Hunter: “Stecher became weary again. For the second time he deliberately laid down on the mat and forced Lewis to go behind him. But Lewis made a couple of feints and passes and immediately climbed to his feet. The Strangler refused to stay on the mat.”
Hunter: “Stecher became somewhat peevish. He began to display his temper by roughing Mister Lewis in the mush. He rubbed his nose and twisted his head and gave him several little pushes in the face. But even this could not induce Lewis to crawl out of his shell.”
Hunter: “Stecher threw himself on the mat for the third time, and for the third time Lewis was forced to go down. Thus three times during the match Lewis was behind Stecher but each time because Stecher forced him to do so, not through any desire on his own part. Lewis soon managed to get Stecher away from the mat and onto his feet.
“The sun was sinking in the west and dusk gradually approached. Parts of the crowd began to leave for home. Both wrestlers were obviously tired. Neither had the strength to do much so they were merely content to tug and tussle without attempting to secure any holds.”
Hunter: “The deadlock was still in force. Gene Melady at this point issued orders for the wrestlers to stick it out and his order was communicated to them. Aides were sent to find lamps as it was practically impossible to see more than a few feet. A couple of auto lamps and a barn lantern were pressed into service. Their light was insufficient, however, and the last hour of the match was wrestled practically in semi-darkness with neither wrestler moving much beyond an occasional shove or push.”
By now, the match announcer had given up on account of a “complaining larynx,” the Bee reported.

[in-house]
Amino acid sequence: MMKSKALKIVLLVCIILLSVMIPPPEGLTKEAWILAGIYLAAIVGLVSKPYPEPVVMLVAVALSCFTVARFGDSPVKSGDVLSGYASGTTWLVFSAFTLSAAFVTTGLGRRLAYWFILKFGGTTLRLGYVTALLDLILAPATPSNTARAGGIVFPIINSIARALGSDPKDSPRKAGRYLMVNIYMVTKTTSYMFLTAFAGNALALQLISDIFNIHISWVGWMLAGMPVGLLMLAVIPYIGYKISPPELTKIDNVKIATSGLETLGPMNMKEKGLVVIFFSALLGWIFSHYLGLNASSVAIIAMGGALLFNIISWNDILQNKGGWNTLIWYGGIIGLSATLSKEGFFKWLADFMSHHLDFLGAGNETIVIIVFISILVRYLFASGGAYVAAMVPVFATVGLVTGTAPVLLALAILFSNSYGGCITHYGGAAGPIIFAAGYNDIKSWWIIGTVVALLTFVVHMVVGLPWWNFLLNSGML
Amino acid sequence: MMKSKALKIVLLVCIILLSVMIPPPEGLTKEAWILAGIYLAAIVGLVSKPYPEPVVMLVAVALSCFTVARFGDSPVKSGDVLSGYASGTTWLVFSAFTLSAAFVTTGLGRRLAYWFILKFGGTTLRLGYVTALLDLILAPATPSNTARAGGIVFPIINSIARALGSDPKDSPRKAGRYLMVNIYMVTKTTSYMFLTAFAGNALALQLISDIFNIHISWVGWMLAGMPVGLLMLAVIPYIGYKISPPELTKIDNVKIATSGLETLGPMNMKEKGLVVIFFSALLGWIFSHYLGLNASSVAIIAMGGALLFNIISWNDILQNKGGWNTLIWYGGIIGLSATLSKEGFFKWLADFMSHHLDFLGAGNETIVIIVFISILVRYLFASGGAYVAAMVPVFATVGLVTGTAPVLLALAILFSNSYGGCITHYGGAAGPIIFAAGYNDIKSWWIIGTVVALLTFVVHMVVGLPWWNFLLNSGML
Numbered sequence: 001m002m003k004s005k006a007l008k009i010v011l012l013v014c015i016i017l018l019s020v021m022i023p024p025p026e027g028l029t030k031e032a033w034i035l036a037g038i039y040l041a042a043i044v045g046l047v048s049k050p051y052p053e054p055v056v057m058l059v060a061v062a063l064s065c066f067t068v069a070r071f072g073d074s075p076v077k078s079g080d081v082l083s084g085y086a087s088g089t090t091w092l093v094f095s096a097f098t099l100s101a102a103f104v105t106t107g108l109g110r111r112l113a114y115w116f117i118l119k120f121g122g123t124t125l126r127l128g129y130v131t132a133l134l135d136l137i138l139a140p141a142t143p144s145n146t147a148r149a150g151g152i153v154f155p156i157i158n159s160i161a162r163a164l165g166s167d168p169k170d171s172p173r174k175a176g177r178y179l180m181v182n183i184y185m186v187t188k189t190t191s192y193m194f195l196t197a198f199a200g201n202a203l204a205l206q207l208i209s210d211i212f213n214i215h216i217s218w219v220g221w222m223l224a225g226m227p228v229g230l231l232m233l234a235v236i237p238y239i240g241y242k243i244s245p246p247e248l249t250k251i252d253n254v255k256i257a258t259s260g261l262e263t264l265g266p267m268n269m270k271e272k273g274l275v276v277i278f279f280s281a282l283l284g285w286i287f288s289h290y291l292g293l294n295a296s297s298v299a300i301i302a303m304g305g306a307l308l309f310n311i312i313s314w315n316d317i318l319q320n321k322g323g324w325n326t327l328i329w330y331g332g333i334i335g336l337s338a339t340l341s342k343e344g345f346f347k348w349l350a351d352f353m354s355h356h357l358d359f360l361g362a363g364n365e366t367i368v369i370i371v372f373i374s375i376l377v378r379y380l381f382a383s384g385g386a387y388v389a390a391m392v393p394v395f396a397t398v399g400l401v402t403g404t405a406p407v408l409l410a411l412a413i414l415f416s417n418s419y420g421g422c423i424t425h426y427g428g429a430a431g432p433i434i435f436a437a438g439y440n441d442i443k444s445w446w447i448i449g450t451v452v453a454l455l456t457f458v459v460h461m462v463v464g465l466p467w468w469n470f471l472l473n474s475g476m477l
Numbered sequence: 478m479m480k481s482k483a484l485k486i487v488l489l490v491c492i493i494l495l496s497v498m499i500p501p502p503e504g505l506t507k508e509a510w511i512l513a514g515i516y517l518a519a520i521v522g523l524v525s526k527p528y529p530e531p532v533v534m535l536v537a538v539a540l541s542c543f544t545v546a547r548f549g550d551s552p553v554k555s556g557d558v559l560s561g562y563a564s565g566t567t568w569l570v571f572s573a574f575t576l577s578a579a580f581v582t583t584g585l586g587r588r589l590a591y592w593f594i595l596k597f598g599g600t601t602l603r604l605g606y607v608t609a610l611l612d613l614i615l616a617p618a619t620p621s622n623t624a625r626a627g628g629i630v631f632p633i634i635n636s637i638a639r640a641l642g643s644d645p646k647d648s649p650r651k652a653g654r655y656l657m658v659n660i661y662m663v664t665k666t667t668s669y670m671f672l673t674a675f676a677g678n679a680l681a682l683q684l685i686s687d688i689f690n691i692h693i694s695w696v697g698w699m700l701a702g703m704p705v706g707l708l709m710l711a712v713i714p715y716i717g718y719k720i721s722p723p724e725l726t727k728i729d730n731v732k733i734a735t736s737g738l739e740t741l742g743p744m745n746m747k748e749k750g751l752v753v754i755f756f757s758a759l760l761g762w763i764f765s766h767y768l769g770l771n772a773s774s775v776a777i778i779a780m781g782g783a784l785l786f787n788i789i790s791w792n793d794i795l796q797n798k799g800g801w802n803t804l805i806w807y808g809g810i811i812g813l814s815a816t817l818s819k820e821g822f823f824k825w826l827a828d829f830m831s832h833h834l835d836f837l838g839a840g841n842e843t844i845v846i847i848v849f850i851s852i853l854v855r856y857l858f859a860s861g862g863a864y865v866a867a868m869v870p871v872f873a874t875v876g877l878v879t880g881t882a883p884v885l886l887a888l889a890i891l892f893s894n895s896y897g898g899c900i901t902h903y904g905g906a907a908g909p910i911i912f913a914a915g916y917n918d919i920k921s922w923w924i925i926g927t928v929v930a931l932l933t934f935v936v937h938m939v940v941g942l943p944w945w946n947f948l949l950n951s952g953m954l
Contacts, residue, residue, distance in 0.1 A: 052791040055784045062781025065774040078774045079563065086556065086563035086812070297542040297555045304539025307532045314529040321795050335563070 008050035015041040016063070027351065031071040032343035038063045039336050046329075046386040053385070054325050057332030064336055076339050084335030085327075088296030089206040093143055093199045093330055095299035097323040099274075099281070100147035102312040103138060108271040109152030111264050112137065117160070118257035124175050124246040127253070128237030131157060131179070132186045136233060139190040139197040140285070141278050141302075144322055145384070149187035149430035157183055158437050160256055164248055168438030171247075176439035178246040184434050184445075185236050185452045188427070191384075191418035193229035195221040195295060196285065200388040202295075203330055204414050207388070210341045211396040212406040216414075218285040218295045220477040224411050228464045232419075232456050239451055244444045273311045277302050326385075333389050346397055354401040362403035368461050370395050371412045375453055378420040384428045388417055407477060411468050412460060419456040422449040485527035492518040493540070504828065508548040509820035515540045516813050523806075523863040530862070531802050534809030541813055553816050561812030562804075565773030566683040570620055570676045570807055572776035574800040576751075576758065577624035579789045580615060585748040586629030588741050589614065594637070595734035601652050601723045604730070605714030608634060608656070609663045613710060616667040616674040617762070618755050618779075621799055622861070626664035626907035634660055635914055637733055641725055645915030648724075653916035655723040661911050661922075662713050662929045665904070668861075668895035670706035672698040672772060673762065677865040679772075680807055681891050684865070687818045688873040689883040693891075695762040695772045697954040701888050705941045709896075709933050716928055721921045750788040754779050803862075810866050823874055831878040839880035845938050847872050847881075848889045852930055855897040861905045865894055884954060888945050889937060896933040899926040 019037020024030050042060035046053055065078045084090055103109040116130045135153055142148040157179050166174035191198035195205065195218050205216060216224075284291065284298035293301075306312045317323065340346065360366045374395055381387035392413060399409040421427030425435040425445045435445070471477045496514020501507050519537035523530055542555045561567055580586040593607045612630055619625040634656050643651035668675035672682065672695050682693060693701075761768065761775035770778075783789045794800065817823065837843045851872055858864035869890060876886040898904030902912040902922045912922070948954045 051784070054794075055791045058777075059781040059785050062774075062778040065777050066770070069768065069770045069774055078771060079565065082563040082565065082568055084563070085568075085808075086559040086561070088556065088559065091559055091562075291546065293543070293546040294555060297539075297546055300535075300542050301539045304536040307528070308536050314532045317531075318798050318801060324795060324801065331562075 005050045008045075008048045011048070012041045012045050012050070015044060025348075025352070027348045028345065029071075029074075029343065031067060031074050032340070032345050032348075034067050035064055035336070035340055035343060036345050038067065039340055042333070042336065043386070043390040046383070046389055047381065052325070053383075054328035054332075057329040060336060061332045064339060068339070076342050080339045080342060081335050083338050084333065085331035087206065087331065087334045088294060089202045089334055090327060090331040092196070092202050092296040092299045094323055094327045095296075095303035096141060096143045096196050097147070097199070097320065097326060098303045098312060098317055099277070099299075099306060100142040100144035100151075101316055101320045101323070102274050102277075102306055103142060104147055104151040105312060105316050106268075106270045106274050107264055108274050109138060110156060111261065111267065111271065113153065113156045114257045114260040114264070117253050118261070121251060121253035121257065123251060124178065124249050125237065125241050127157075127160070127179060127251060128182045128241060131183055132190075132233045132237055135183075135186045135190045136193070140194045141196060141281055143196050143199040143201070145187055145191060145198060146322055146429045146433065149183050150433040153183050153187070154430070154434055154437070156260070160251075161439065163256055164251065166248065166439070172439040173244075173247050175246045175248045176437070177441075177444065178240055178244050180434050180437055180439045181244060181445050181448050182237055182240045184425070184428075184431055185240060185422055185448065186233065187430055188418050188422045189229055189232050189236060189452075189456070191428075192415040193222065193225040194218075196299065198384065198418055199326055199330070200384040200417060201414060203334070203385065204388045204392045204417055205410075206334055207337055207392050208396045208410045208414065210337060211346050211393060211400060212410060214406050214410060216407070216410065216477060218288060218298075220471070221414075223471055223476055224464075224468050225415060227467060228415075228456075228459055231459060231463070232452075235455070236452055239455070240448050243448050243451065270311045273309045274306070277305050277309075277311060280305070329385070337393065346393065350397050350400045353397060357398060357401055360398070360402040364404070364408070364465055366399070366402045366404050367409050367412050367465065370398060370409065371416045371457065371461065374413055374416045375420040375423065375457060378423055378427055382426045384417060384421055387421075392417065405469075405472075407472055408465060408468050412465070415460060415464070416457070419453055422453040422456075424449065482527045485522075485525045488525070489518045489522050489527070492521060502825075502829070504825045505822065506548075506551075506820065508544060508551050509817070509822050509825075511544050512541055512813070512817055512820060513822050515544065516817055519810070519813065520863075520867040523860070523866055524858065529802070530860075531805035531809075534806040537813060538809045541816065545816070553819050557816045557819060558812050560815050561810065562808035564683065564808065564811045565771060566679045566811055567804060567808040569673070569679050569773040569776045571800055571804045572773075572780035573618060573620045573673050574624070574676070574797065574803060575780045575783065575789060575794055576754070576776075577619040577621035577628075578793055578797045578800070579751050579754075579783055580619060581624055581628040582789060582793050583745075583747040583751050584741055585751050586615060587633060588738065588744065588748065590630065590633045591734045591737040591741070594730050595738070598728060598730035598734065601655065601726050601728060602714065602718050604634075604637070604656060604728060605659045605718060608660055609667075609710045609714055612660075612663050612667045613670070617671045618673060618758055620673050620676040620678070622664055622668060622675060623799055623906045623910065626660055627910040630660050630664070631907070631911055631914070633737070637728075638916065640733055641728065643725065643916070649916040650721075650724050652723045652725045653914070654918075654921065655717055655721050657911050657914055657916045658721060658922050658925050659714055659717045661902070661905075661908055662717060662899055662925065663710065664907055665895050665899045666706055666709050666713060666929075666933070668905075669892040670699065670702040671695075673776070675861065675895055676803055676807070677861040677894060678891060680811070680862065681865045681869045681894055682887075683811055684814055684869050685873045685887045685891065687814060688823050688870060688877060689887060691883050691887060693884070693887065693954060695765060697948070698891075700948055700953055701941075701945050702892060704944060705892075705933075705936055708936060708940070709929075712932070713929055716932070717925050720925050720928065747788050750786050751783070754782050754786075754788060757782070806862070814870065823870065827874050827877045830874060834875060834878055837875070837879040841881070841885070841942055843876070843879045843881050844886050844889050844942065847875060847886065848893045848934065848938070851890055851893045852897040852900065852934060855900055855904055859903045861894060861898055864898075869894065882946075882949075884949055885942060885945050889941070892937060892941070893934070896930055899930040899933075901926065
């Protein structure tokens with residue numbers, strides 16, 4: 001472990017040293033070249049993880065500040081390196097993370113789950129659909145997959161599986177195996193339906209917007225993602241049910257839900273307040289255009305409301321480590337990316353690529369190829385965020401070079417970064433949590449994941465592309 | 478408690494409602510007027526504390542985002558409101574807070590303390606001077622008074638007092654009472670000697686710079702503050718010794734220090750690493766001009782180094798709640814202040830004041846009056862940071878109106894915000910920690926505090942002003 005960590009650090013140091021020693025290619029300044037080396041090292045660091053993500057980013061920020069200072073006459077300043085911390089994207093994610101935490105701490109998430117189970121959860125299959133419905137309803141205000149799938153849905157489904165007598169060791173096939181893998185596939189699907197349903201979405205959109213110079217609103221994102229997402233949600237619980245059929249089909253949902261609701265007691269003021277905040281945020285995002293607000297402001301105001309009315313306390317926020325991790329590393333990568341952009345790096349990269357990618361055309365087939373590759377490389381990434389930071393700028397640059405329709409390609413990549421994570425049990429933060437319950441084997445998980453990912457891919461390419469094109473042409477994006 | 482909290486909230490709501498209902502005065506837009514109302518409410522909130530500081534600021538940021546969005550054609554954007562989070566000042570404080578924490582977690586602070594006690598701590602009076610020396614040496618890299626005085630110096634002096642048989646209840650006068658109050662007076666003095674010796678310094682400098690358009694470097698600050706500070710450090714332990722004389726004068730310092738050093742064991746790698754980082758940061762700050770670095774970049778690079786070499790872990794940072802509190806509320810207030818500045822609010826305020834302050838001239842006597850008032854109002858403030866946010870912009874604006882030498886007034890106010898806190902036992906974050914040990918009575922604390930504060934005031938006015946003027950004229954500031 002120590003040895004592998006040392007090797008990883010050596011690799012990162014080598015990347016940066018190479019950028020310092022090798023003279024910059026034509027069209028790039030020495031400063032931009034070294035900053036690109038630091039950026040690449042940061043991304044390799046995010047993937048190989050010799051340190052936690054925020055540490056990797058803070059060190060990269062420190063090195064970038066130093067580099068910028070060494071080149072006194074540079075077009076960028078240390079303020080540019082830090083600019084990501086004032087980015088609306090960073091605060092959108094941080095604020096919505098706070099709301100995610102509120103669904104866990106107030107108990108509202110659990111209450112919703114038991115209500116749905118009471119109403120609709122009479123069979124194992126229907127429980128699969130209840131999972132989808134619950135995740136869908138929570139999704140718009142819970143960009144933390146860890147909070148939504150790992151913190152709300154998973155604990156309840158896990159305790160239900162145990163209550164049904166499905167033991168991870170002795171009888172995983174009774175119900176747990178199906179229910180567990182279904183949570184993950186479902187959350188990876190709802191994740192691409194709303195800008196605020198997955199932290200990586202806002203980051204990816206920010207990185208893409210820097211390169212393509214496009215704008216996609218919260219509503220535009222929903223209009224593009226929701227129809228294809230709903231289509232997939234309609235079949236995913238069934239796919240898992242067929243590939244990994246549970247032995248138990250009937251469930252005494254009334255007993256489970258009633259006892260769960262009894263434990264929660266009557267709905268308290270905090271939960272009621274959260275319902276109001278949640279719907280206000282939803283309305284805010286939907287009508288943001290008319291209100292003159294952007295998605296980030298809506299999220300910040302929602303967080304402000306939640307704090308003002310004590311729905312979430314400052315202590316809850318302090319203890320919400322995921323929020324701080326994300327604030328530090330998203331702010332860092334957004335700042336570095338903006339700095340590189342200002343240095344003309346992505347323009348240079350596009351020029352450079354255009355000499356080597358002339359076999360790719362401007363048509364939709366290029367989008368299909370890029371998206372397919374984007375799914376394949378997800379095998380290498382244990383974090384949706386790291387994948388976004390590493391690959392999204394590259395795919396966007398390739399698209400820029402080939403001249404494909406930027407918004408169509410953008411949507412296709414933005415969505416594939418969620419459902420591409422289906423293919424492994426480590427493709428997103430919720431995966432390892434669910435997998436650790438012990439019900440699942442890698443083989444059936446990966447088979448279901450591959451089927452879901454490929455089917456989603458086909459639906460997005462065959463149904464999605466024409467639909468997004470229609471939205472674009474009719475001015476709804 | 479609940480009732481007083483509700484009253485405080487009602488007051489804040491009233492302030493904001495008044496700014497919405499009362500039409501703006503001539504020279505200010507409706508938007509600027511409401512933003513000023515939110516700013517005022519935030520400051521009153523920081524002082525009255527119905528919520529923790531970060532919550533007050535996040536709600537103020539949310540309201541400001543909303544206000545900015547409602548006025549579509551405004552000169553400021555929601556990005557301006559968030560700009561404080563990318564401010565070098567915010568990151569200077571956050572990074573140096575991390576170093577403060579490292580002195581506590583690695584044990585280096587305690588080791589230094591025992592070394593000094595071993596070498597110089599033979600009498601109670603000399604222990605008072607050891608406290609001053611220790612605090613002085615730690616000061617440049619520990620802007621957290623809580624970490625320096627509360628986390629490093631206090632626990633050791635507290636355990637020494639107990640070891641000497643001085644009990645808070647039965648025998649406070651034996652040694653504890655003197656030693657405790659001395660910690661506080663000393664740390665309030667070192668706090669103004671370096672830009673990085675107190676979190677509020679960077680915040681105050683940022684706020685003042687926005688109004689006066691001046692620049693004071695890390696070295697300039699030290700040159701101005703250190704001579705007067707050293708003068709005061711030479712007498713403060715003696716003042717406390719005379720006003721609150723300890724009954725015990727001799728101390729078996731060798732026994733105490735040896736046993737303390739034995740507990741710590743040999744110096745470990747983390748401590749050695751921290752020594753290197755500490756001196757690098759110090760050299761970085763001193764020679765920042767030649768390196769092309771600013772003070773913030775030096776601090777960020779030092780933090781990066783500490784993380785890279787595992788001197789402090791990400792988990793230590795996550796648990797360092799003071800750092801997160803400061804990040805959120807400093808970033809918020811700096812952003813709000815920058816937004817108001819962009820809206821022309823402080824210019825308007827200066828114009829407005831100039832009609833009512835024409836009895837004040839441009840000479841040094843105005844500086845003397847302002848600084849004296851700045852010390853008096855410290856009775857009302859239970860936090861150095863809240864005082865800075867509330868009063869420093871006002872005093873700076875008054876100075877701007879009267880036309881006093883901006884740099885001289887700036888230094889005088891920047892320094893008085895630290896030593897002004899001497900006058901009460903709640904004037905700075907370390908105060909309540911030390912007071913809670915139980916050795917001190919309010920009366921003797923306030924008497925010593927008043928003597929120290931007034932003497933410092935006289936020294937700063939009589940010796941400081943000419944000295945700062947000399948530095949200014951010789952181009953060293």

Chamberlen: “When darkness came, Referee Smith wanted to make it a draw, and called the two more to him for this purpose. Gene Melady, the promoter, leaped into the ring and declared that the men should finish the bout. Smith then sent them to the center of the mat again and there they fooled around until 9 p.m. when, seeing the utter disgust of the crowd and the ugly mood that showed in spots, Melady told Smith to call it off.”
Hunter: “The crowd became so irate that they began to hurl cushions into the ring. Some of them striking Stecher, some Lewis, some Referee Smith and some the innocents in the press box. A few obstreperous persons had to be removed from the park by the police.”
Smith: “The referee once ordered the match stopped and announced it would be finished in the morning in the same ring, but this was objected to and the men resumed wrestling, tho neither was able to do much more than hold up his arms in defensive attitude.”
Hunter: “Dr. A.P. Camp of Macon, Ga., who came all the way to Omaha to see the match, suggested that the match be called because the strain upon both Stecher and Lewis might be so great upon their hearts that they never would be fit for wrestling again.”
Hunter: “After a conference of the various officials, Referee Smith decided to call it a draw.”
Hunter: “A more patient crowd was never assembled. Of the thousands on hand at the start, probably four-fifths were on the job at the finish and beyond hoots and hisses, the brief period of promiscuous cushion throwing and a little grumbling at the end, it remained orderly all the way through.”
Hunter: “There were those who gave all the credit to Lewis on the grounds that Lewis went in to stay and that he accomplished what he hoped to accomplish, while Stecher, who was anxious to throw Lewis, failed utterly. But they were in the minority, a very small minority. Most of the fans blamed the whole affair on Lewis and a few after the match started what might have become a serious riot.
“As Lewis was leaving the ground a number of the disappointed began to hurl bottles, cinders and rocks at Lewis. Two policemen were forced to come to his rescue to protect him and one of the bluecoats fired a shot into the air in an attempt to disperse the small mob.”
Hunter reported police stopped a car driven by J.F. Morgan of South Omaha and asked for a lift for Lewis and Sandow. A rock broke the car’s windshield and the police escort continued until Morgan dropped the men off at the Dietz club.
Later that evening:
Hunter: “Lewis, after a shower and rub, went to the Dietz club after the match and danced until midnight, apparently as fresh as ever.”
What they wrote